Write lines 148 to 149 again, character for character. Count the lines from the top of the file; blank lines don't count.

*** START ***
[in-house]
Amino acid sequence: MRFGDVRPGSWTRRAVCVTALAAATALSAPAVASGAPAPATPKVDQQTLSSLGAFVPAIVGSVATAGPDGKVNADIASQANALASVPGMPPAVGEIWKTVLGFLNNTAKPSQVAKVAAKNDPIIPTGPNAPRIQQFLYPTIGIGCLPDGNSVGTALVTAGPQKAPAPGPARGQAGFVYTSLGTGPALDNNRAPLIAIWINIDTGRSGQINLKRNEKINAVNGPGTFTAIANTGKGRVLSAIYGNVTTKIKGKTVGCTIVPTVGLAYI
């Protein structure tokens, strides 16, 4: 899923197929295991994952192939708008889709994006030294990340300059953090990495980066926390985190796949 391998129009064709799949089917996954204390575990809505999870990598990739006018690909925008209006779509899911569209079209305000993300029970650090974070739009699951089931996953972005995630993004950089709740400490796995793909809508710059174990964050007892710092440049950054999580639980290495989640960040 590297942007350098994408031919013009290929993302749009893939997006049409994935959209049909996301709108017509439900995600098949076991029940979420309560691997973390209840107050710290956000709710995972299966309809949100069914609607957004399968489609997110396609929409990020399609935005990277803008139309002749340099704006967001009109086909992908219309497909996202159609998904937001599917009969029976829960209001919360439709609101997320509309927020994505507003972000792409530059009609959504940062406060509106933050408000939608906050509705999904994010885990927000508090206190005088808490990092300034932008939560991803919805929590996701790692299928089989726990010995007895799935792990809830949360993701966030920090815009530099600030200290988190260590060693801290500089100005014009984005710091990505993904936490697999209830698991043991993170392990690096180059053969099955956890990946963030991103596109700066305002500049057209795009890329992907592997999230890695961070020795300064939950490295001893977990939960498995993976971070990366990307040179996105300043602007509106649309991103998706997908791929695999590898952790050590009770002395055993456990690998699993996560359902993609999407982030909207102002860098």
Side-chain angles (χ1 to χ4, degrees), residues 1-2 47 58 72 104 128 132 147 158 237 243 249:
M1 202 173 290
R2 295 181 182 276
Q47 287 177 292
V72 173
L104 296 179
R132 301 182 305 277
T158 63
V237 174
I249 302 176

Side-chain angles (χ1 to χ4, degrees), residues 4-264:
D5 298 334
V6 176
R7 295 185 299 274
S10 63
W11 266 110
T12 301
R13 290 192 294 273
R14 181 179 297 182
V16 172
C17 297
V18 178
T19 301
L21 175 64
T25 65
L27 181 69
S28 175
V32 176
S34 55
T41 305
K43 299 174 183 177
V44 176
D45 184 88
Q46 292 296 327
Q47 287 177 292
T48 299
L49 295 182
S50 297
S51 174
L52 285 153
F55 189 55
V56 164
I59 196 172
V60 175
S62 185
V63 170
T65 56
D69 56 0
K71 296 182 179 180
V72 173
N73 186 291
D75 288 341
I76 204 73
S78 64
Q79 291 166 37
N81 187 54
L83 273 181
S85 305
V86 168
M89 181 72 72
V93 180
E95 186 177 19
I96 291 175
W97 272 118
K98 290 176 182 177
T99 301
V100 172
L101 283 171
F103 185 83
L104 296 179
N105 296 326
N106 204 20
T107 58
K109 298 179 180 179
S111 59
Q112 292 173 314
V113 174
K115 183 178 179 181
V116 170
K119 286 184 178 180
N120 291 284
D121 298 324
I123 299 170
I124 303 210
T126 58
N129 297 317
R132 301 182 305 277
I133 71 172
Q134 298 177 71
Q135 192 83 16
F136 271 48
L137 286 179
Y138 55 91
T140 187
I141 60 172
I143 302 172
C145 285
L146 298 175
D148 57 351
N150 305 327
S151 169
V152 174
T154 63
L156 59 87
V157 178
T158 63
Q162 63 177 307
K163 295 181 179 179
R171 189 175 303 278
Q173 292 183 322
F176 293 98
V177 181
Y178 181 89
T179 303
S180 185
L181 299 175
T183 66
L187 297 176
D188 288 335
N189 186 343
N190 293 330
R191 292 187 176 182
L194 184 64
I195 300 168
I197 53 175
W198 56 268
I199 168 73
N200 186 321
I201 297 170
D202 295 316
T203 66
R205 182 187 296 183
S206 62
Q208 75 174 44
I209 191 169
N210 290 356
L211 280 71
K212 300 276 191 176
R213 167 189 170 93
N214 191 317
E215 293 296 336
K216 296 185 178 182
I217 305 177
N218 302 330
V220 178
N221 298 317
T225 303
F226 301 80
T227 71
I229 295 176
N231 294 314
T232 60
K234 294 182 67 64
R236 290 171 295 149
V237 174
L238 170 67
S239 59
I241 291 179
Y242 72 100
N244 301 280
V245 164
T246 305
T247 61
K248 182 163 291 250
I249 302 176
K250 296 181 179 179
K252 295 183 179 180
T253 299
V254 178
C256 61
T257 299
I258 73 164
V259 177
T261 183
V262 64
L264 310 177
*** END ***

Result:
V220 178
N221 298 317